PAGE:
Weather was overcast with the likely hood of rain but today we will set off. First lock was set so straight in and down. Second lock caught Diana out. It needed filling. I watched her go to the wrong end, look puzzled then return to the top end, lift the paddle and fill the lock. It has been a while but it wasn't to long before the old routines came back. A good run down with a number of boats comming up which meant most of the locks were full for us to go into. 2 1/2 hours later we are at the bottom and stop for lunch. There is a boat flying the union and NZ flag so we make ourselves know. They are in their 5th year doing the same as us with the southern summer based in their Nelson home where they also have a yacht. The discussions continued and it turns out that both of the males have the same item on their bucket list. Sailing our narrow boats under Tower Bridge. I think next years plan is in the making. Pity they were travelling in the other direction as I'm sure we would have had good traveling companions. Motored the 4 miles into Colgenton where we were meet by Marion who had sorted a mooring spot close to their home. After a bit of boat tidying it was around to their place for a cuppa before we were taken out to diner at a pub in Astbury. A quick tour to Barthomly to view the church before home to bed.

Wednesday 15 June.

Skyped Richard as it was his birthday. Great to see and talk to him and the kids. Marion was down at the boat by 1000 to take us to the supermarket which was a big help as the canal is at the top of the hill and the supermarket at the bottom. Soon after we arrive back, 5th wheeler friends from Matamata call in on their way south. Lunch on the boat as there is no guarantee that the weather will stay nice enough to be outside. I had asked Marion's son who fits out narrow boats to come around to look at a leaking window we had discovered a couple of days ago. Well it just chucked it down when he arrived so all he could do was give me advice on how to seal it when it dries up. While he was here another leak appears in a roof vent so looks like I am on leak fixing for a few days.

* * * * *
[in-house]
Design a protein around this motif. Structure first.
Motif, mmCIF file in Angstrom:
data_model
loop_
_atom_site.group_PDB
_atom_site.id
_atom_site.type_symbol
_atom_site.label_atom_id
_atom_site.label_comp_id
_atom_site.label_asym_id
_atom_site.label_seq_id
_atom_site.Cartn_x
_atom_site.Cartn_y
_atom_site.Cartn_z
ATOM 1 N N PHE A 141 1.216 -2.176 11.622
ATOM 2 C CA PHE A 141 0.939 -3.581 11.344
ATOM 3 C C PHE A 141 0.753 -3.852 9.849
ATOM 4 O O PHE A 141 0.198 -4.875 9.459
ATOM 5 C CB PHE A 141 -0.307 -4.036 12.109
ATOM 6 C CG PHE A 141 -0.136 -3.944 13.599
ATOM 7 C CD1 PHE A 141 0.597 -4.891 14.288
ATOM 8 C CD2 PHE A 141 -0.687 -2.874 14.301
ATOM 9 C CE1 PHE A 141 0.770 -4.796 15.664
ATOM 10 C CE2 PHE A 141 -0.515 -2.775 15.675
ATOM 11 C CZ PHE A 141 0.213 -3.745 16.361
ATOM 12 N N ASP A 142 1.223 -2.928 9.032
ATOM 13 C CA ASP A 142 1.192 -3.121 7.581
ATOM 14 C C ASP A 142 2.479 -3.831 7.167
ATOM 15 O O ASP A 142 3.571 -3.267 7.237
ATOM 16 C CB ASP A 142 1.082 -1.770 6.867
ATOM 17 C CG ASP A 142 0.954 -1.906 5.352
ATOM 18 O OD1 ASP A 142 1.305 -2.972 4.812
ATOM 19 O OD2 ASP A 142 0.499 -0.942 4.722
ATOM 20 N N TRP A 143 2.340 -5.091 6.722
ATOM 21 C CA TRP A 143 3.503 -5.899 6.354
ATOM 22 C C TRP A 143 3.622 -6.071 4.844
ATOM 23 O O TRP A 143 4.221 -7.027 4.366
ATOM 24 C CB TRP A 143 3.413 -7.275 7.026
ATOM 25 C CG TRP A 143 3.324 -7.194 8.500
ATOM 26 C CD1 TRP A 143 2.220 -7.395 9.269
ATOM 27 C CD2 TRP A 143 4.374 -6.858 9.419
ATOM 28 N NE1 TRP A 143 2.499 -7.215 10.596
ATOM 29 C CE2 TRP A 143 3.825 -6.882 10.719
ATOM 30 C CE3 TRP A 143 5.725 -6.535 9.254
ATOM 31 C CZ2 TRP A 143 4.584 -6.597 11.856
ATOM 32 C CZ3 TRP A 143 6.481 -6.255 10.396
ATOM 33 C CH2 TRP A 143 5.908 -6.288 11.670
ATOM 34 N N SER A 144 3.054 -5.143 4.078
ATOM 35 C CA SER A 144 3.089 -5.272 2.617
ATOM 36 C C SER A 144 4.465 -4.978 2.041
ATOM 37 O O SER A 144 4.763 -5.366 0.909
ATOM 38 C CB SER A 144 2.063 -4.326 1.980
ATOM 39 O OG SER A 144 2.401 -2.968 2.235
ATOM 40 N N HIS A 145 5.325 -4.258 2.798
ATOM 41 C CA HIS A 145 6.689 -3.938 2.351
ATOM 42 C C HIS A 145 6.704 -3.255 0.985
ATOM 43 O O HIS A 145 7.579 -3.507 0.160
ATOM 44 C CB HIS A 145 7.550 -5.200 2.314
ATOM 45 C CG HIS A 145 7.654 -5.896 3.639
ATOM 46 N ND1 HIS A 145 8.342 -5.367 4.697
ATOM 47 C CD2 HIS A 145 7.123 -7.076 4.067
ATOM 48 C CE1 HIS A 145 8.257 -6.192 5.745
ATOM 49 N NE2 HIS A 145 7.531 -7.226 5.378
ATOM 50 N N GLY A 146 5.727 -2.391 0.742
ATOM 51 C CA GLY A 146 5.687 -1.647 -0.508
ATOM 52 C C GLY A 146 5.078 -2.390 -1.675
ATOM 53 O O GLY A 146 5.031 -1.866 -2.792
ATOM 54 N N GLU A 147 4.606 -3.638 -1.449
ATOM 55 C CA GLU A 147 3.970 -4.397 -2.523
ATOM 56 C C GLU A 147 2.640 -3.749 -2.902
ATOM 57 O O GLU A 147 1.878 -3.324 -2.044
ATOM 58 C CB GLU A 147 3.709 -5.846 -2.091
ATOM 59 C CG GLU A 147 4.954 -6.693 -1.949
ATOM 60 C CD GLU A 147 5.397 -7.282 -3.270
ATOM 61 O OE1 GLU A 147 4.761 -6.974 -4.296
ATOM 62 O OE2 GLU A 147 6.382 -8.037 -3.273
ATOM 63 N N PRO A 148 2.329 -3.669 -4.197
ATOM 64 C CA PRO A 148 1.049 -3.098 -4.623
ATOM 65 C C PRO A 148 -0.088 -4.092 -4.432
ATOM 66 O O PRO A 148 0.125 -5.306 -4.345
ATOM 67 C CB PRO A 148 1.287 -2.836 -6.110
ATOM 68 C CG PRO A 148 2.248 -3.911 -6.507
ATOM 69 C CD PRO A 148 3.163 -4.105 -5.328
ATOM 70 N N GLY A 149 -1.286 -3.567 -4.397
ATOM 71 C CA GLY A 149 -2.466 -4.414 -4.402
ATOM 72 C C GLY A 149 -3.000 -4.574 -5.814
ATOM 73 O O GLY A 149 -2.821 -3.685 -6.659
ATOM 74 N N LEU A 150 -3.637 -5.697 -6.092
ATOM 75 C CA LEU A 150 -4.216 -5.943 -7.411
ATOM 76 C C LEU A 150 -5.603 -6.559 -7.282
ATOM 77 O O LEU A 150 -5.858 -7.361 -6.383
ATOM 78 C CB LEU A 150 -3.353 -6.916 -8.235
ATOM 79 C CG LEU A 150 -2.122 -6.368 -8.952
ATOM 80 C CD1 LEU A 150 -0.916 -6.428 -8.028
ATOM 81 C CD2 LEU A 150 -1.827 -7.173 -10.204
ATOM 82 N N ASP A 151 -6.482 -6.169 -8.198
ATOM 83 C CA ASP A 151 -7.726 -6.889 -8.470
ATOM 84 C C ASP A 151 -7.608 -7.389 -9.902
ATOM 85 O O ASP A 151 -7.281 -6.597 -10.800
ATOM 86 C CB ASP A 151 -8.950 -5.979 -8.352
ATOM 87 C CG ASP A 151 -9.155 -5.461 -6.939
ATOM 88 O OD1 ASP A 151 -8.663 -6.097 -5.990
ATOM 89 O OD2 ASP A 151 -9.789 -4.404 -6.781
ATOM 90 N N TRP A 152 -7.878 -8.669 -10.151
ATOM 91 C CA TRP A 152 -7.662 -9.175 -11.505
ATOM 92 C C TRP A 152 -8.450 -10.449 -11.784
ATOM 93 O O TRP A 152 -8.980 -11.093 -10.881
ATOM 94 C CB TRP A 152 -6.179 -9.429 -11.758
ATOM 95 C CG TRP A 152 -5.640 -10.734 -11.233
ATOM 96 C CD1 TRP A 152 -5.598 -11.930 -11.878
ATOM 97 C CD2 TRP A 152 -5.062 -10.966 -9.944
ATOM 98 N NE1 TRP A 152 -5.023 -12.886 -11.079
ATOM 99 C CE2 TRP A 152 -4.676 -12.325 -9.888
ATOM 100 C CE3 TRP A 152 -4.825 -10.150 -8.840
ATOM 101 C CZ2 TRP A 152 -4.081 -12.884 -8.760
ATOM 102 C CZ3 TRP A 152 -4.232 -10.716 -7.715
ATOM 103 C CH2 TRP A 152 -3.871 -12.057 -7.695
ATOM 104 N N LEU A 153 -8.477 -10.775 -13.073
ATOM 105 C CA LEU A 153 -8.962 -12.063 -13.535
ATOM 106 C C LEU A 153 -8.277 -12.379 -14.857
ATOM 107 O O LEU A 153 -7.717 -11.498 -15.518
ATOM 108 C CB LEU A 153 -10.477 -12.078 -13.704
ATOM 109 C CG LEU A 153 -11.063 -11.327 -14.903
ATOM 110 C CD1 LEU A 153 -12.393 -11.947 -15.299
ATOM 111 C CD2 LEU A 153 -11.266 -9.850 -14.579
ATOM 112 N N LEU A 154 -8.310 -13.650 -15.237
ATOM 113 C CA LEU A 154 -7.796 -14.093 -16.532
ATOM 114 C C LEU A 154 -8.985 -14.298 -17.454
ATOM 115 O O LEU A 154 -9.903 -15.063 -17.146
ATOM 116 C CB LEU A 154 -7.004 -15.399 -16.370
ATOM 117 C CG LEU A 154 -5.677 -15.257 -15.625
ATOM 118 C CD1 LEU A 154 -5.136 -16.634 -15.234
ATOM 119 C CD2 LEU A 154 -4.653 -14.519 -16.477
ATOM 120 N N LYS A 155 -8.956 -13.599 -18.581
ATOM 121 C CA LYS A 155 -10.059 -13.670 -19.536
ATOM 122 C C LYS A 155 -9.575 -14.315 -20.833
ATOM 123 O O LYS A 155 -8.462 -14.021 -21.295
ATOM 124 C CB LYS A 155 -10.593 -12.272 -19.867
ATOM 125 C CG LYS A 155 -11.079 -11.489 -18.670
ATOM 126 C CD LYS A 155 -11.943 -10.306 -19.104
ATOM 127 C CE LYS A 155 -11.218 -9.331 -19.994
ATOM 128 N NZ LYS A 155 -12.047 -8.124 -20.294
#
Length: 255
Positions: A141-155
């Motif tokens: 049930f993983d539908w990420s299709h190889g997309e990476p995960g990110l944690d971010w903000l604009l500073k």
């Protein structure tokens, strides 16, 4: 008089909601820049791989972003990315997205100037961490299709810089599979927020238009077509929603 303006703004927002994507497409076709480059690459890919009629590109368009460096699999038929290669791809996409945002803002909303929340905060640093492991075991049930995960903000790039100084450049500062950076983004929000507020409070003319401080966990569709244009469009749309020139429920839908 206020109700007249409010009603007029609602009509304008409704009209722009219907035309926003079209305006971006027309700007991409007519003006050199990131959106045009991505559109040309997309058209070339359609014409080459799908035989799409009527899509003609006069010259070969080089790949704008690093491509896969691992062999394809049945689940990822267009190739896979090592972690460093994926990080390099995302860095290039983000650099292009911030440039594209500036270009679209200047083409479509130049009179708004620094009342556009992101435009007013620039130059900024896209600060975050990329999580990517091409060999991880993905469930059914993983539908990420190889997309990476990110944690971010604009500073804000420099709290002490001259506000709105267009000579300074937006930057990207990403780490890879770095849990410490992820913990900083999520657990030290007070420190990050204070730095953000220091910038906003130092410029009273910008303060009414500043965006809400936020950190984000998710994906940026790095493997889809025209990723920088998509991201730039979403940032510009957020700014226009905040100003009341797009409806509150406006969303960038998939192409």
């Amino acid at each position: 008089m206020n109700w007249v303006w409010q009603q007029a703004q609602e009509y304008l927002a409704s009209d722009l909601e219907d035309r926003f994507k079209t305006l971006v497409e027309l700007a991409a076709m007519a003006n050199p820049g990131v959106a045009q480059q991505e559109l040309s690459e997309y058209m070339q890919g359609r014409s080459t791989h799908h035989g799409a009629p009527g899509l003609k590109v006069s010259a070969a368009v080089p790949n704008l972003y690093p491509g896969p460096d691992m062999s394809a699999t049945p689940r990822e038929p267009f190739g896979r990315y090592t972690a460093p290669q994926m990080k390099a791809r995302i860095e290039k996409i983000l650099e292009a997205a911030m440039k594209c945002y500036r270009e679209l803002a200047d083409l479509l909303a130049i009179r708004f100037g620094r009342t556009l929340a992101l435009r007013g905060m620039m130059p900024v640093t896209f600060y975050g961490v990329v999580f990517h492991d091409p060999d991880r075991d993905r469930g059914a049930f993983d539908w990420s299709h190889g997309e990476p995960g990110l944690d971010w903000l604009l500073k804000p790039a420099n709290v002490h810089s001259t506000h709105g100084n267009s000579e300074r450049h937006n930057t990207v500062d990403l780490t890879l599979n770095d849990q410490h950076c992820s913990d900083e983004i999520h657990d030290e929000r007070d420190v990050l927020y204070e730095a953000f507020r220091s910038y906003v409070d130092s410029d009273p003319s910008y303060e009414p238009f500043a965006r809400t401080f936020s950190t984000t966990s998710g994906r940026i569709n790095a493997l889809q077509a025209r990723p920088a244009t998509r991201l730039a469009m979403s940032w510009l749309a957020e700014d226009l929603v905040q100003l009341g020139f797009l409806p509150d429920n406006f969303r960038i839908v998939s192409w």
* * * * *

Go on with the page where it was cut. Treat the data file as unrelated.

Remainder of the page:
Sunday, 12 June 2016

Sunday Roast (almost)

Sunday 12 June. 5 miles.

The day starts overcast with signs of rain not far away. After sorting some internet problems we up sticks and head off for the water point. Should have set off a few minutes earlier because as we approach another boat is arriving. Wait 20 odd minutes before he moves off and we move alongside. 15 minutes later as our tank is almost full the rain arrives. Finish putting the gear away and sit in the boat out of the rain. Within half an hour the rain has abated to a few spots so off we go. Weather stayed much the same until arriving at the top of the Bosley locks and stop for lunch. This is a flight of 12 locks, the first we encounter. They are also the locks that Diana got very cold at last year and probably brought on her Bells Palsy so there is some reluctance to do them in the cold and/or rain. We watch the weather until 1600 which is the cutoff to get down at a reasonable time. We were tempted a couple of times to give it a go when the sun peeps through. Tonight we are moored at the top of the locks under a cellphone tower so coverage should be good.
Not a pub in site so no Sunday Roast. Never mind Diana is cooking a meat and veg substitute. Pork chops, spuds, cauliflower and cheese sauce.

Saturday, 11 June 2016

Early start

Saturday 11 June, 7 1/4 miles

A still and misty morning. The canal is looking good. Engine started by 0730, now that's pretty early for this retired couple. Diana did the domestics while travelling. Arrived at the bridge where the canal had been closed just on 0900 to be meet by a group of Canal & River Trust workers. We passed on through and when I looked behind there was a Diver in the water and they were lifting one of the stop planks out. I wonder if the canal had only just been opened and they were removing all the stop planks! When I say Diver, he was in a dive suit without a helmet as he didn't put his head under water, I guess if I had to get in that water I would want a full immersion suit on. Stopped very close to where the leak had been. The only sign of activity was the equipment and muddy tracks left behind. Bollington is one of those places it is nice to re-visit. Diana has a special shop she frequents every time we stop. There is a good butcher and a nice cafe. Back to the boat to head on down country but with a bit of black cloud around I check the minute by minute forecast and rain is due in a few minutes so we have lunch. The rain is an hour late but eventually it stops and we set off with a few spits here and there. As we approach Macclesfield a dark cloud appears and I am calculating when it will strike. Lucked in, as when we come around the corner there is one spare spot on the pontoon. This is the first time we have passed when it hasn't been full. Moor up, heavy rain starts, cup of coffee. We are now spending the night here hoping that tomorrow morning will be like this morning and we will move on.